Cookies on this website

We use cookies to ensure that we give you the best experience on our website. If you click 'Accept all cookies' we'll assume that you are happy to receive all cookies and you won't see this message again. If you click 'Reject all non-essential cookies' only necessary cookies providing core functionality such as security, network management, and accessibility will be enabled. Click 'Find out more' for information on how to change your cookie settings.


Dementia is a growing health concern, as the number of people living with dementia worldwide more than doubled in the last decades, and pharmaceutical preventive strategies are largely missing. Obesity and diabetes are major risk factors for cognitive impairment and dementia. Hypothesis-generating findings from clinical trials in participants with diabetes suggest that glucagon-like peptide-1 (GLP-1) receptor agonist therapy, a class of glucose-lowering and weight loss medicines, may reduce the risk of cognitive impairment and dementia. Genetic epidemiological and Mendelian Randomization (MR) techniques can be used to assess genetic predisposition to dementia, including the associations of polymorphisms in GLP1R (as a proxy of GLP-1 receptor agonist therapy) with cognition, dementia risk and blood-based biomarkers for neurodegeneration (NfL) and neuro-inflammation (GFAP). We further can expand the pathway to other proteins and genes that are functionally related to GLP-1(R). This projects aims to assess the associations of GLP1R and related proteins in the UK Biobank, a prospective cohort of 0.5 million adults followed-up for over 10 years, with a wealth of information on lifestyle, medical history, biochemistry and metabolomics assays, genetics, brain MRI, and cause-specific morbidity.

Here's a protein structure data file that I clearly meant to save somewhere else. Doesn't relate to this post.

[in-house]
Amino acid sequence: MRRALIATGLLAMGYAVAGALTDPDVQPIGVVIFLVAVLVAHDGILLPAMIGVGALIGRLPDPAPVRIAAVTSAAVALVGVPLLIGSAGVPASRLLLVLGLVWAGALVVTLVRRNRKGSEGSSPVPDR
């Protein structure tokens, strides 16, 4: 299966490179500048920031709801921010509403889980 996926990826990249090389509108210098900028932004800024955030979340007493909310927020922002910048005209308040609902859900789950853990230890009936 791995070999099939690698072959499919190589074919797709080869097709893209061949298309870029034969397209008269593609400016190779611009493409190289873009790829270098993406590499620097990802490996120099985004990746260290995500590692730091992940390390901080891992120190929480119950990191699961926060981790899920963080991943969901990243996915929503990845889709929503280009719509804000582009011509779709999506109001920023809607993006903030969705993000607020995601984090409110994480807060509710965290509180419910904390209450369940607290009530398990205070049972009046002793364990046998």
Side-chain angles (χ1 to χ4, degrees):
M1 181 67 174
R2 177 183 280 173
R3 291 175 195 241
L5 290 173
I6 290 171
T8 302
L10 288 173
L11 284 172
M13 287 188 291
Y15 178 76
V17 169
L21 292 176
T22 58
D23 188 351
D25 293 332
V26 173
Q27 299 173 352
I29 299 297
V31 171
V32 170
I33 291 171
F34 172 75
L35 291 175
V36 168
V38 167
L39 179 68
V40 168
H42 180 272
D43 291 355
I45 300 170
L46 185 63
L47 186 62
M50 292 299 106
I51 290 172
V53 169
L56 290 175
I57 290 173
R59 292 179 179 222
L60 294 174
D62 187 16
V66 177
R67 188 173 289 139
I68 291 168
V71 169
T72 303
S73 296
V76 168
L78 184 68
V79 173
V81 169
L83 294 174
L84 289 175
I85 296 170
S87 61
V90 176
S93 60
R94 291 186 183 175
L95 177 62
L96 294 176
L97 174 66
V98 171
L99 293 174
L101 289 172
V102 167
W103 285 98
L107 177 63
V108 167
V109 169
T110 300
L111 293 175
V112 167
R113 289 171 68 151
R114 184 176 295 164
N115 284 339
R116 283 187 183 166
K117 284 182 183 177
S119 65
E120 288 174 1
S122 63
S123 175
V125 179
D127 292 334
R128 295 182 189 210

The specific aims of the project include:

  • Assessment of associations of GLP1R polymorphisms with cognition, characteristics of brain imaging, blood-based biomarkers and incident dementia
  • Compare the findings to that for other anti-diabetic medication
  • Asses the association of other genes and proteins of the GLP1(R) pathway to the outcomes above


The student will gain experience in genetic epidemiology and analysis of large-scale prospective data. They will develop skills in conducting systematic literature reviews, analytical techniques, research planning, statistical programming, data analysis, and presentation skills. The student will be supported to publish peer-reviewed papers during their DPhil.


Training in advanced statistics, genetic epidemiology, statistical programming, and scientific writing will be provided. Attendance at seminars, workshops and courses provided by the Department and University will also be encouraged. The candidate will have the opportunity to present their research work at relevant international/national conferences.


Candidates should have a Master degree in genetic epidemiology, clinical medicine, or medical statistics. Previous experience in conducting analyses with R, STATA, or Python is essential.